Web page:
Happy Birthday Pixar!!

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February 3rd is better than Christmas.

It’s the day Pixar was born and thus, the world, and millions of lives were better for it. Today, Pixar Animation Studios is thirty years old.

Without further adieu, I present you thirty reasons I absolutely love Pixar:

1. The shorts. It’s their “Thank you” for coming to watch their movies. They make no profit off of these gems. (You’re welcome, Pixar!)

2. Their influence on (and, ultimately salvation of) Disney.

3. Their courage to be honest with everyone – even kids (Monsters, University anyone?). 

4. Toy Story. Toy Story 2. Toy Story 3. And probably Toy Story 4. 

5. Bob Parr and I would be best friends. We get each other. 

6. The Art Of books that accompany each feature film. 

7. The way Woody runs.

8. The hundreds of rewrites the entire Pixar staff endures in order to bring us the best movies possible. 

9. The crazy-intense originality of Ratatouille. 

10. Everything about Joy. 

11. The final playtime scene from Toy Story 3

12. The two Pixar books: The Pixar Touch by David A. Price and Creativity, Inc. by Ed Catmull.

13. The eye candy in Finding Nemo.

14. Pete Docter. 

15. Cowboys + Dinosaurs = very brave move. (Well done!) 

16. They’re not cartoons. Heck, oftentimes they’re the most mature movies out in theaters. 

17. Pixar movies tend to get better and better with each viewing. 

18. All the theories that haven’t been disproved. 

19. Julie Fowlis’ songs in Brave. 

20. Name more than five predictable moments in the entire Pixar canon; I dare you. 

21. The shock of who the bad guys turn out to be.

22. Every score by Michael Giacchino.

23. Presto!

24. I love crying. 

25. Bing Bong’s dolphin imitation. 

26. The commentary on every Pixar DVD. 

27. The fact that Pixar is my one reason to dress up and spend the money for a full-priced ticket for a night out (unless it’s Star Wars: The Force Awakens). 

28. The feeling of extreme anticipation for The Incredibles 2, to the point that I literally want to throw up and run naked around my high school track covered in petroleum jelly if it means getting to June 21, 2019 much quicker.  

29. The fact that my name is Andy Toy; I like to think I am the original owner of Woody and Buzz.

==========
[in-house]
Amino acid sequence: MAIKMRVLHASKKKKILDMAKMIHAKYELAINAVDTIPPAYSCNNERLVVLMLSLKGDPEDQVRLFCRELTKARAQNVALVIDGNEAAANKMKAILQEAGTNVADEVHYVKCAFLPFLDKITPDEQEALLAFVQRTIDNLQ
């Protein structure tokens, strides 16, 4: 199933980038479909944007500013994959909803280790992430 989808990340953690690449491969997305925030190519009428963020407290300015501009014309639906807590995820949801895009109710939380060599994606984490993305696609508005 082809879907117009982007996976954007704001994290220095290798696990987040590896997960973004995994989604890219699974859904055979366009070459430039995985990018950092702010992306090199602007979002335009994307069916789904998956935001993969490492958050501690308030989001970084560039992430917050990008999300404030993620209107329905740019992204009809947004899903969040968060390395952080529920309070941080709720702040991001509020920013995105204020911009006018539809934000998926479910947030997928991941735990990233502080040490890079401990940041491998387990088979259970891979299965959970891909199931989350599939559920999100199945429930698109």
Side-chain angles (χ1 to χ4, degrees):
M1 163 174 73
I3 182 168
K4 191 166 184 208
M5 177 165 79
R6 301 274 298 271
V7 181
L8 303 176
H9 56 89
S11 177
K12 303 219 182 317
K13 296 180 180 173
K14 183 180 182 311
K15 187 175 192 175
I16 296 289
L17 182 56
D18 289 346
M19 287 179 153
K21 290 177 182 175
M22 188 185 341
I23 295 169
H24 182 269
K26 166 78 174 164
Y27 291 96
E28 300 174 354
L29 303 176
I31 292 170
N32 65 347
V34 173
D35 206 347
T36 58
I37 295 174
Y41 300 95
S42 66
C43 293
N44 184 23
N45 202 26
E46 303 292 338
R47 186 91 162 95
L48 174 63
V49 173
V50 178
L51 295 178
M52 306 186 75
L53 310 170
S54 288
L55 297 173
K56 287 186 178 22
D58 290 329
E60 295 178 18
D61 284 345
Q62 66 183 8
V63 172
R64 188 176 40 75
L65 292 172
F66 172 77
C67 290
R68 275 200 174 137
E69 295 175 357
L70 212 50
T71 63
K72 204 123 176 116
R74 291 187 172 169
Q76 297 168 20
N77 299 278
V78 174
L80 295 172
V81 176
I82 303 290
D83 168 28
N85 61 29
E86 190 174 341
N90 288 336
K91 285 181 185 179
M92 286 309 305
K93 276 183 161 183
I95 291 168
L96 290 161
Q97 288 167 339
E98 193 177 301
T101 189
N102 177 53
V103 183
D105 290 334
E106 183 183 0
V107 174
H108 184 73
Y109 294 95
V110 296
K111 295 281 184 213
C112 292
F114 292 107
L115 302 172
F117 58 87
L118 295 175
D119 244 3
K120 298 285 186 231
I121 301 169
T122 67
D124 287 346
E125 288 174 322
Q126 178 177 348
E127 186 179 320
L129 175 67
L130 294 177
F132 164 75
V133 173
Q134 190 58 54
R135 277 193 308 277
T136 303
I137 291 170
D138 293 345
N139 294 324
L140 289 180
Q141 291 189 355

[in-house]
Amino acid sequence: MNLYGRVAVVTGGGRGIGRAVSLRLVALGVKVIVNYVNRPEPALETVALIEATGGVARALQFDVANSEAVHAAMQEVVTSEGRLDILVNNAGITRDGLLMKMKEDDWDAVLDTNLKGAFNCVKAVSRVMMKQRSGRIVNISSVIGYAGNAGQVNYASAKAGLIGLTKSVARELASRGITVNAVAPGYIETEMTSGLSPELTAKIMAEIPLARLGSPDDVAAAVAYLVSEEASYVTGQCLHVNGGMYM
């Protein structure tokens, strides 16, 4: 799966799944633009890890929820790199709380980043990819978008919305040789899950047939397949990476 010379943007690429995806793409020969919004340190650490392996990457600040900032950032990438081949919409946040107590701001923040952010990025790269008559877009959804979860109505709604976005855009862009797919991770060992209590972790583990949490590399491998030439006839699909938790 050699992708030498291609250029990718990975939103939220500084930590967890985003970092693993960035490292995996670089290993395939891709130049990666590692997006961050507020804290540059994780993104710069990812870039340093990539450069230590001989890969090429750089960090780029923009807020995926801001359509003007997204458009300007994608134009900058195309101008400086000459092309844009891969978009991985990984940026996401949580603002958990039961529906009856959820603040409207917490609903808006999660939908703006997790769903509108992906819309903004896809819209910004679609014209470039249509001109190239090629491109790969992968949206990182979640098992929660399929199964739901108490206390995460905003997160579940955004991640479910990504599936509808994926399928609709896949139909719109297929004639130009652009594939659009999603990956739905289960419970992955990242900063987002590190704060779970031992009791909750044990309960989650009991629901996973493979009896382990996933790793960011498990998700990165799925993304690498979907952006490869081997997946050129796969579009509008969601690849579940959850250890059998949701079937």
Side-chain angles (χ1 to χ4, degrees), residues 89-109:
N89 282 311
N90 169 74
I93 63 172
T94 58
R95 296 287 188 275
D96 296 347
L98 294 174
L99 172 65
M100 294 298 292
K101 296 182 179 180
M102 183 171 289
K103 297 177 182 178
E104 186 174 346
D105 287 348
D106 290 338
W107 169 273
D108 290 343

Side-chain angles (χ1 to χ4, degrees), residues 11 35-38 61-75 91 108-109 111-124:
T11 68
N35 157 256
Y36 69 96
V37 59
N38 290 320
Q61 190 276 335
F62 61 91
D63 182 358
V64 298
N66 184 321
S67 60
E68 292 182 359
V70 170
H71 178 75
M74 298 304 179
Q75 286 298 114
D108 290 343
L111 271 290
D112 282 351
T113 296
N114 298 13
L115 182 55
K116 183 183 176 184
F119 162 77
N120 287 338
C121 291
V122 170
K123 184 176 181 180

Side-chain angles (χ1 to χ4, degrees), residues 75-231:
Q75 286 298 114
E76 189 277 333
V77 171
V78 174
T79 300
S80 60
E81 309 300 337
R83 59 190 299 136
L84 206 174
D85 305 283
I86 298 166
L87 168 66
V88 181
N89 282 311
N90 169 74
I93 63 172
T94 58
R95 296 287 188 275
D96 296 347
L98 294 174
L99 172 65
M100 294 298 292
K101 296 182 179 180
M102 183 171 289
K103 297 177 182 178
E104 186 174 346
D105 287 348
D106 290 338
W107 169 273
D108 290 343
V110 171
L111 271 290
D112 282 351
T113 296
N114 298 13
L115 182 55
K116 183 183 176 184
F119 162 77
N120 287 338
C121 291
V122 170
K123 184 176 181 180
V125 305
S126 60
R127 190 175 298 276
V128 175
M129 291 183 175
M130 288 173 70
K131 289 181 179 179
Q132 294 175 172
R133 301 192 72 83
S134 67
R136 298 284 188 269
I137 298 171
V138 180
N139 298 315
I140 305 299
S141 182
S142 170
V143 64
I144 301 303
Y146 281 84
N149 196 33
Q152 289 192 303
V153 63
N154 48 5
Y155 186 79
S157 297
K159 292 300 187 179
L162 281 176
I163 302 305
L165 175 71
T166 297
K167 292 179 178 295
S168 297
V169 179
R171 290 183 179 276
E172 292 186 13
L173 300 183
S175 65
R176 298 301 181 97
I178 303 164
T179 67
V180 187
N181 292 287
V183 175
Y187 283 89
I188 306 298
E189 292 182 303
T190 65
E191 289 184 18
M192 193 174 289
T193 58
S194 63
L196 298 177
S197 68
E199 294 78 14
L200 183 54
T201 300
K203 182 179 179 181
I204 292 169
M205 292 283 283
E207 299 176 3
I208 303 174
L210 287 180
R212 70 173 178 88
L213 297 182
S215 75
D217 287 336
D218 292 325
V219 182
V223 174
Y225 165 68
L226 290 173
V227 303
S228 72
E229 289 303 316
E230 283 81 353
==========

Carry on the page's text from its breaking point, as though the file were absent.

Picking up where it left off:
30. That when you write posts like this, Pixar writes you back and thanks you. 

(This picture was taken several minutes after I received a letter from Pixar. See number 24 to know what I did for twenty minutes after receiving it and before this picture was taken.) 

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Have you submitted your short story for our writing contest yet? You can win $150. Give it a shot. Click here for the rules and guidelines and the link to submit. (Deadline is February 25) Any questions, email me at endeverpublishing@gmail.com or ask in the comments below.

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What Do All Great Stories Have In Common?

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As an author and soon-to-be publisher, I’ve been wrestling with this a couple of months.

I began looking at some of the greatest stories of all time, both books and movies, and I’ve asked myself, what makes them great?

And to take it a step further, “What do they all have in common?”

Surely there’s some underlining theme, or common thread, that connects all the great stories together?

Stories like, To Kill a Mockingbird, The Lord of the Rings, Frozen, and (I hate to admit) Avatar. 

(Though that last one FINALLY got it’s but kicked in the box office by the amazing Force Awakens!!!)

If you’re going to help me answer this question, you have to be unbiased. You have to be willing to admit that The Great Gatsby is one of the greatest books of all time, even if you don’t think it’s that great.

There’s something in these renowned stories that draws millions of people to them, year after year, and generation after generation.

So, what is the one theme that attracts millions? Consider two of the highest grossing animated Disney movies, Big Hero 6 and Frozen. Hiro had to learn to let go of his brother (who lives through Baymax), and Elsa’s life-changing act was, well, letting go.

But does “letting go” have anything to do with The Lord of the Rings? Forrest Gump? The Hunger Games?

It’s a process-of-elimination kind of question. I want to hear your thoughts! It’s killing me!

WHAT is it that all great stories have in common?? Leave your comments and suggestions below. Let’s discuss!

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Could “The Force Awakens” be the GREATEST MOVIE OF ALL TIME??

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Let’s all be perfectly clear – The Force Awakens is NOT just for Star Wars fans. It’s not just for geeks or sci-fi buffs. The Force Awakens is a genuine love letter to anyone who loves the movies and has a soul.

That said, let me back up.

2015 has brought us some of the greatest movies in years. From Mad Max to Jurassic World, I can’t remember when we had such a solid lineup of films.

I recently decided that this summer’s Inside Out was the greatest film ever made, dethroning The King’s Speech from the coveted spot in my heart. And then, just a few short months later, the “Best Movie of All Time” seat is challenged yet again with Star Wars: The Force Awakens. 

Few will argue with me that the movie was absolutely mind-blowing and fewer would argue that it was just really, really, really damn good.

But am I jumping the gun by saying it could possibly be the greatest movie of all time?? Do I just need to get a grip and wait for the hype to pass? Am I forgetting greats such as The Return of the King or the emotional surprise that was Toy Story 3? 

I don’t think so.